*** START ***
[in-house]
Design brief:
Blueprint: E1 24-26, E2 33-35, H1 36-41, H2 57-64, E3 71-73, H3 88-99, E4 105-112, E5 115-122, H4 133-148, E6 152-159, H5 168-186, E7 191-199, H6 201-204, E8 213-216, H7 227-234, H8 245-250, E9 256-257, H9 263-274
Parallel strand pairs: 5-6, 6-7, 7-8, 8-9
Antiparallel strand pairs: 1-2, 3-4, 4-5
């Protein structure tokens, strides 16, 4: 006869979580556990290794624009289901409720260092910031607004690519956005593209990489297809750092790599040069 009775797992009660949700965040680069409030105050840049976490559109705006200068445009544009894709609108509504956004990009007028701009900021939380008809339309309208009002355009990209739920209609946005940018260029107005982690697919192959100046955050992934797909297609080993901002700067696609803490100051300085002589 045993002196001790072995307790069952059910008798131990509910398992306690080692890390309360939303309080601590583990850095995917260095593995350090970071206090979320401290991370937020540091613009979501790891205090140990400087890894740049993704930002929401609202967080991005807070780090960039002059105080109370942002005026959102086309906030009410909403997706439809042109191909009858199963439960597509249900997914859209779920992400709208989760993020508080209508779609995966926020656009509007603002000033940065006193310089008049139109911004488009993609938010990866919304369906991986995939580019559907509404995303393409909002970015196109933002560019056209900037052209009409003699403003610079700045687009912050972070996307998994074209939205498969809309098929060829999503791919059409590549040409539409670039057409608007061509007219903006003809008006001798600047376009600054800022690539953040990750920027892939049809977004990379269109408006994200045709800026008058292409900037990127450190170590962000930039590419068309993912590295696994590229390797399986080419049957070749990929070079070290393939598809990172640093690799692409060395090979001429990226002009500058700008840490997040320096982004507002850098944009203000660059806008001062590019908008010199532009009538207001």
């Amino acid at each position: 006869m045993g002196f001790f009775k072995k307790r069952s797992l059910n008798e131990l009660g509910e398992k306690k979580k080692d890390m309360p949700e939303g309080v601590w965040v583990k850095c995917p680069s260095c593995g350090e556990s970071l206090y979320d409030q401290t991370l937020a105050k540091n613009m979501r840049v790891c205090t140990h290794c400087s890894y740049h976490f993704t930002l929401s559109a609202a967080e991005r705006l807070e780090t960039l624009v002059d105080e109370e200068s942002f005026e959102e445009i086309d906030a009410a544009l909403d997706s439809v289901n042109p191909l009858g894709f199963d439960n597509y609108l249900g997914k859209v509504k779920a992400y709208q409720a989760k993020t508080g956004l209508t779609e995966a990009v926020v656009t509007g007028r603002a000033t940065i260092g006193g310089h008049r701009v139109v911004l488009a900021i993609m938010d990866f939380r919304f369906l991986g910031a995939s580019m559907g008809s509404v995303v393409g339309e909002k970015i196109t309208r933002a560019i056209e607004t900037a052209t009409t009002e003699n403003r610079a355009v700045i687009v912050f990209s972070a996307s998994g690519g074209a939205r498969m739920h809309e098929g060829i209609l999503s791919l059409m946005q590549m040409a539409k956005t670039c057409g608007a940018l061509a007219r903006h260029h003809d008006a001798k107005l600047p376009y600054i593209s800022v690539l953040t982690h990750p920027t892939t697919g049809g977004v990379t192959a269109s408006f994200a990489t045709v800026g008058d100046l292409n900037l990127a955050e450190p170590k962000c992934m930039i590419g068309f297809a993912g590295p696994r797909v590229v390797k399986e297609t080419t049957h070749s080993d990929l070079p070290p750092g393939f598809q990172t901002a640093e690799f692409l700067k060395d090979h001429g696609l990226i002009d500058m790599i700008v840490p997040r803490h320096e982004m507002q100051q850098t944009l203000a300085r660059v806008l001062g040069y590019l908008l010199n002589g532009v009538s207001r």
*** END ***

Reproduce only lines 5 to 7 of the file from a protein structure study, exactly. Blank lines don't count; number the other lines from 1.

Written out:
Antiparallel strand pairs: 1-2, 3-4, 4-5
């Protein structure tokens, strides 16, 4: 006869979580556990290794624009289901409720260092910031607004690519956005593209990489297809750092790599040069 009775797992009660949700965040680069409030105050840049976490559109705006200068445009544009894709609108509504956004990009007028701009900021939380008809339309309208009002355009990209739920209609946005940018260029107005982690697919192959100046955050992934797909297609080993901002700067696609803490100051300085002589 045993002196001790072995307790069952059910008798131990509910398992306690080692890390309360939303309080601590583990850095995917260095593995350090970071206090979320401290991370937020540091613009979501790891205090140990400087890894740049993704930002929401609202967080991005807070780090960039002059105080109370942002005026959102086309906030009410909403997706439809042109191909009858199963439960597509249900997914859209779920992400709208989760993020508080209508779609995966926020656009509007603002000033940065006193310089008049139109911004488009993609938010990866919304369906991986995939580019559907509404995303393409909002970015196109933002560019056209900037052209009409003699403003610079700045687009912050972070996307998994074209939205498969809309098929060829999503791919059409590549040409539409670039057409608007061509007219903006003809008006001798600047376009600054800022690539953040990750920027892939049809977004990379269109408006994200045709800026008058292409900037990127450190170590962000930039590419068309993912590295696994590229390797399986080419049957070749990929070079070290393939598809990172640093690799692409060395090979001429990226002009500058700008840490997040320096982004507002850098944009203000660059806008001062590019908008010199532009009538207001």
């Amino acid at each position: 006869m045993g002196f001790f009775k072995k307790r069952s797992l059910n008798e131990l009660g509910e398992k306690k979580k080692d890390m309360p949700e939303g309080v601590w965040v583990k850095c995917p680069s260095c593995g350090e556990s970071l206090y979320d409030q401290t991370l937020a105050k540091n613009m979501r840049v790891c205090t140990h290794c400087s890894y740049h976490f993704t930002l929401s559109a609202a967080e991005r705006l807070e780090t960039l624009v002059d105080e109370e200068s942002f005026e959102e445009i086309d906030a009410a544009l909403d997706s439809v289901n042109p191909l009858g894709f199963d439960n597509y609108l249900g997914k859209v509504k779920a992400y709208q409720a989760k993020t508080g956004l209508t779609e995966a990009v926020v656009t509007g007028r603002a000033t940065i260092g006193g310089h008049r701009v139109v911004l488009a900021i993609m938010d990866f939380r919304f369906l991986g910031a995939s580019m559907g008809s509404v995303v393409g339309e909002k970015i196109t309208r933002a560019i056209e607004t900037a052209t009409t009002e003699n403003r610079a355009v700045i687009v912050f990209s972070a996307s998994g690519g074209a939205r498969m739920h809309e098929g060829i209609l999503s791919l059409m946005q590549m040409a539409k956005t670039c057409g608007a940018l061509a007219r903006h260029h003809d008006a001798k107005l600047p376009y600054i593209s800022v690539l953040t982690h990750p920027t892939t697919g049809g977004v990379t192959a269109s408006f994200a990489t045709v800026g008058d100046l292409n900037l990127a955050e450190p170590k962000c992934m930039i590419g068309f297809a993912g590295p696994r797909v590229v390797k399986e297609t080419t049957h070749s080993d990929l070079p070290p750092g393939f598809q990172t901002a640093e690799f692409l700067k060395d090979h001429g696609l990226i002009d500058m790599i700008v840490p997040r803490h320096e982004m507002q100051q850098t944009l203000a300085r660059v806008l001062g040069y590019l908008l010199n002589g532009v009538s207001r």